Out of the Humidor
From the Print Edition:
Ron Perelman, Spring 95
(continued from page 17)
I eagerly pulled out of my vest pocket a lovely Arturo Fuente Lonsdale, which I ever so carefully stored away for safekeeping. As all prudent grooms do, I had carefully double-checked my list: ring, tuxedo, best man, limo...and of course, the celebratory cigar.
Prior to the wedding, I was delighted beyond description after receiving the news from our minister, Dave Eksdale, that Winnipeg's Crescent Fort Rouge United was a cigar-friendly house of worship. Perfect!
Later that evening at the reception, held in the comfortable setting of a local golf club, a good friend capped the day when he presented me with a package of Macanudo coronas. A group of us enjoyed our postdinner drinks and smokes under a beautiful sky and balmy temperatures.
It was truly a wonderful time to share good conversation and cigars with friends. There's nothing quite like a cigar-friendly wedding to ensure a lifetime of good memories.
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It is always a pleasure to find unexpected treasures in life. Your excellent magazine is certainly one of them. I am an incarcerated 23-year-old in the Maryland prison system, yet this setback does not hinder my joy in being able to associate with other cigar aficionados. I started smoking cigars four years ago while attending college at the University of Maryland at College Park and had found other friends who enjoyed the exotic tastes of a fine smoke. Unfortunately, my incarceration stopped short my newfound indulgence.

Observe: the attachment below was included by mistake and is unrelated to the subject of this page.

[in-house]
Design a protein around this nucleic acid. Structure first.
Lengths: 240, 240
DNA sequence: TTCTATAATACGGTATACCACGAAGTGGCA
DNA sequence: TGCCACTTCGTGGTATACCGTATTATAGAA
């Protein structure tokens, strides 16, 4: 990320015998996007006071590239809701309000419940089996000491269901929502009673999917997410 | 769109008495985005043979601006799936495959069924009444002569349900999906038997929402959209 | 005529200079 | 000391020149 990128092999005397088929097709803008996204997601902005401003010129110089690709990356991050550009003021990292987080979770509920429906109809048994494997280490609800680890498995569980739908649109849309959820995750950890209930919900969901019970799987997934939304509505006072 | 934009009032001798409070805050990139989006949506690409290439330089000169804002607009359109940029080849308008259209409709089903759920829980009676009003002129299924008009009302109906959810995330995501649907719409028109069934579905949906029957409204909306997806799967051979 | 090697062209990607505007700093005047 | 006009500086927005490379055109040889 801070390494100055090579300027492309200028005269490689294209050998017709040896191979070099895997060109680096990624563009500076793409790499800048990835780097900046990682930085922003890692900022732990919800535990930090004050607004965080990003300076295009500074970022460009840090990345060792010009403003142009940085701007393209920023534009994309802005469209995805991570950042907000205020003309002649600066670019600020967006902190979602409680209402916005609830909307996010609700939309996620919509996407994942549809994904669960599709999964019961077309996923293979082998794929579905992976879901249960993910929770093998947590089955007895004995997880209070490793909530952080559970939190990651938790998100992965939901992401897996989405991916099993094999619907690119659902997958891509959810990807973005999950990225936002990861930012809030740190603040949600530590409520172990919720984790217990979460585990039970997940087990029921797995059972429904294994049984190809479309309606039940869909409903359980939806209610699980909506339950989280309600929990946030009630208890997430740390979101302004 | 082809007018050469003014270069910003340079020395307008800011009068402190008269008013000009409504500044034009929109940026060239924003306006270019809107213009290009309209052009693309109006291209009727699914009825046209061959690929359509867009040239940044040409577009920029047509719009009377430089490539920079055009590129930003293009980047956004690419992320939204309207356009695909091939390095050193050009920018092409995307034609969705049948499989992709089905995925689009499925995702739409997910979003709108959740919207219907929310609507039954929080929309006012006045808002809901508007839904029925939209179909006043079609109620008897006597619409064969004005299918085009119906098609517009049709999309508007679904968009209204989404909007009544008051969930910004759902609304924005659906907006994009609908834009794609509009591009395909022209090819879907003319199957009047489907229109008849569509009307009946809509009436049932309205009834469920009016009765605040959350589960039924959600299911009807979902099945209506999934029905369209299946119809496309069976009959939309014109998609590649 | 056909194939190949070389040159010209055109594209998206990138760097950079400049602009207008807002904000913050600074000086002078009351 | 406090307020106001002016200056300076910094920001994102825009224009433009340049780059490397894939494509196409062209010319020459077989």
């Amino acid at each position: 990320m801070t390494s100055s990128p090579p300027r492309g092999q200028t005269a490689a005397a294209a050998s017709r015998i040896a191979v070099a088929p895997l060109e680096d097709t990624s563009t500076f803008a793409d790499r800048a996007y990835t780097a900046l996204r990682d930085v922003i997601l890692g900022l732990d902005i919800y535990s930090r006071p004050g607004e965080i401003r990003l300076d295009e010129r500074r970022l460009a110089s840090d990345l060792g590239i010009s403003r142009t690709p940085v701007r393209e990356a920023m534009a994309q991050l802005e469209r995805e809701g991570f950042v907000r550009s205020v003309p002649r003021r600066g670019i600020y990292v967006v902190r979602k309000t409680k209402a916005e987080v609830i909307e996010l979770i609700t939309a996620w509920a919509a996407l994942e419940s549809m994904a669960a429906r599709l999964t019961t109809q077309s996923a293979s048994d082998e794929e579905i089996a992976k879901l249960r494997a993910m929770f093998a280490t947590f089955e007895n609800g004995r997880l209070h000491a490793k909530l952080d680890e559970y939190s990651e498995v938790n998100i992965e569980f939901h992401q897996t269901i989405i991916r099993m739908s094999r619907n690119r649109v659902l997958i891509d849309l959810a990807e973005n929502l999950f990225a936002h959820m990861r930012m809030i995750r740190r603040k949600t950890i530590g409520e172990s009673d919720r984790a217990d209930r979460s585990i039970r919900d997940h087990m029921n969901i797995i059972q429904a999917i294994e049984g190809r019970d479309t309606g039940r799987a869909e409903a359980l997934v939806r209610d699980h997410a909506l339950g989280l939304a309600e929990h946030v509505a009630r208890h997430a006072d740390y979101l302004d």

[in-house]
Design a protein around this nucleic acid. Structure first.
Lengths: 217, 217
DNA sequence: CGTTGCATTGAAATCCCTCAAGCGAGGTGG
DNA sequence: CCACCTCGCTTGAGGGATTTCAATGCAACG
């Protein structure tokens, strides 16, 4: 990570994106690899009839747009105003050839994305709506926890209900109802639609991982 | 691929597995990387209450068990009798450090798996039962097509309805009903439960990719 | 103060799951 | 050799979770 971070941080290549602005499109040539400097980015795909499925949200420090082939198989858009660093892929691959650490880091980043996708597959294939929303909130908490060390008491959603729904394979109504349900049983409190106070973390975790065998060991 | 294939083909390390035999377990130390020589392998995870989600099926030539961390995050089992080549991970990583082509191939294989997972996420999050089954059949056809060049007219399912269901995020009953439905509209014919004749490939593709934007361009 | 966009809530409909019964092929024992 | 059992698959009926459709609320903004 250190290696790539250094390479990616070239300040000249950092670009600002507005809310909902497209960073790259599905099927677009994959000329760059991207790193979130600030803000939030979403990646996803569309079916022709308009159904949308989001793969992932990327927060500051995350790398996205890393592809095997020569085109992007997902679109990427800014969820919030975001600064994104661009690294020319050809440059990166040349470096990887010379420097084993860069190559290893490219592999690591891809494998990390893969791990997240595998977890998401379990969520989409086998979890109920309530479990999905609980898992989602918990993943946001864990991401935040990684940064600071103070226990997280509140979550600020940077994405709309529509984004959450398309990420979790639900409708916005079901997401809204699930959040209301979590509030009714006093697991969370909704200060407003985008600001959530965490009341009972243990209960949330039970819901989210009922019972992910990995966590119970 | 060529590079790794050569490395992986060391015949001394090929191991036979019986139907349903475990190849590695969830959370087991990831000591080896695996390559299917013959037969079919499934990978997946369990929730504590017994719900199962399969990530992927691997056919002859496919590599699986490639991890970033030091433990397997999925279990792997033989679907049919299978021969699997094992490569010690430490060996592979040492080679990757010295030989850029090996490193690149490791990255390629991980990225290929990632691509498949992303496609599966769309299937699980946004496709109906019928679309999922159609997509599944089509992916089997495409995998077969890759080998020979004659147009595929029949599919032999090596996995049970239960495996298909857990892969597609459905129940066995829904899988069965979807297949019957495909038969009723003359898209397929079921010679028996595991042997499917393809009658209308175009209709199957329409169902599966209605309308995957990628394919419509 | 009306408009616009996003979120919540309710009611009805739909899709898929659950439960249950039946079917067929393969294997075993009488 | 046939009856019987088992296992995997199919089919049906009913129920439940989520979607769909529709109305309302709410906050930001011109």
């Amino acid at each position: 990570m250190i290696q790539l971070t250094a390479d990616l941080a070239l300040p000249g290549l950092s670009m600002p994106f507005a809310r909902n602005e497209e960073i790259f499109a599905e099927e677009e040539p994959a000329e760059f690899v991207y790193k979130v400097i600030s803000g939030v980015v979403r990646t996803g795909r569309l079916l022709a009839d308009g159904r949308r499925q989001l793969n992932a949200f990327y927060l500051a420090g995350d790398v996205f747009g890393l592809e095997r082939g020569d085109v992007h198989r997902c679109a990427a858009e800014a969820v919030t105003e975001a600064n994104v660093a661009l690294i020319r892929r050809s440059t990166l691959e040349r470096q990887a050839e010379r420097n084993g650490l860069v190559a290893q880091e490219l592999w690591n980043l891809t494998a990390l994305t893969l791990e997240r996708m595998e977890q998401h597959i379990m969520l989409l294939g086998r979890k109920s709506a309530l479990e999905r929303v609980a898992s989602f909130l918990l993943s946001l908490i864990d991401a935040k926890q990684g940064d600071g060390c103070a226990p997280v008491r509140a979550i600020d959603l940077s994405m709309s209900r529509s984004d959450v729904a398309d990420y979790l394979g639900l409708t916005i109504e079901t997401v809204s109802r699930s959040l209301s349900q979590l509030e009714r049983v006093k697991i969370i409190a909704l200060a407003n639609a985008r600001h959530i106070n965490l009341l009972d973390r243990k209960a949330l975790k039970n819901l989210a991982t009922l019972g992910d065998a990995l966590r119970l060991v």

I found solace, however, that we inmates are allowed to purchase cigars through catalogues at certain times during the year. My habit of smoking in my housing area earned me the nickname of "Castro," which I accepted as a compliment, considering the luxury he has [had] of indulging in a Cohiba. While I felt I was a dedicated Arturo Fuente and Te-Amo man, I certainly did not pass up the opportunity of asking my brother to consider bringing me a Cohiba or two back from Amsterdam (which he visited as part of a college class assignment). To my utter surprise, not only did he brave the misguided custom officials in smuggling a box of five Cohiba Especiales for me, but he also acquired a box of 25 Montecristo No. 5s (all Cuban).
While I acknowledge that prison is a place of penitence, some things are simply necessary to encourage a fellow not to give up on the many benefits and treasures of life. On those dreary nights of loneliness, I need only open my latest issue of Cigar Aficionado and light up one of my tobacco pals to bask in the fellowship of the discriminating smoker.
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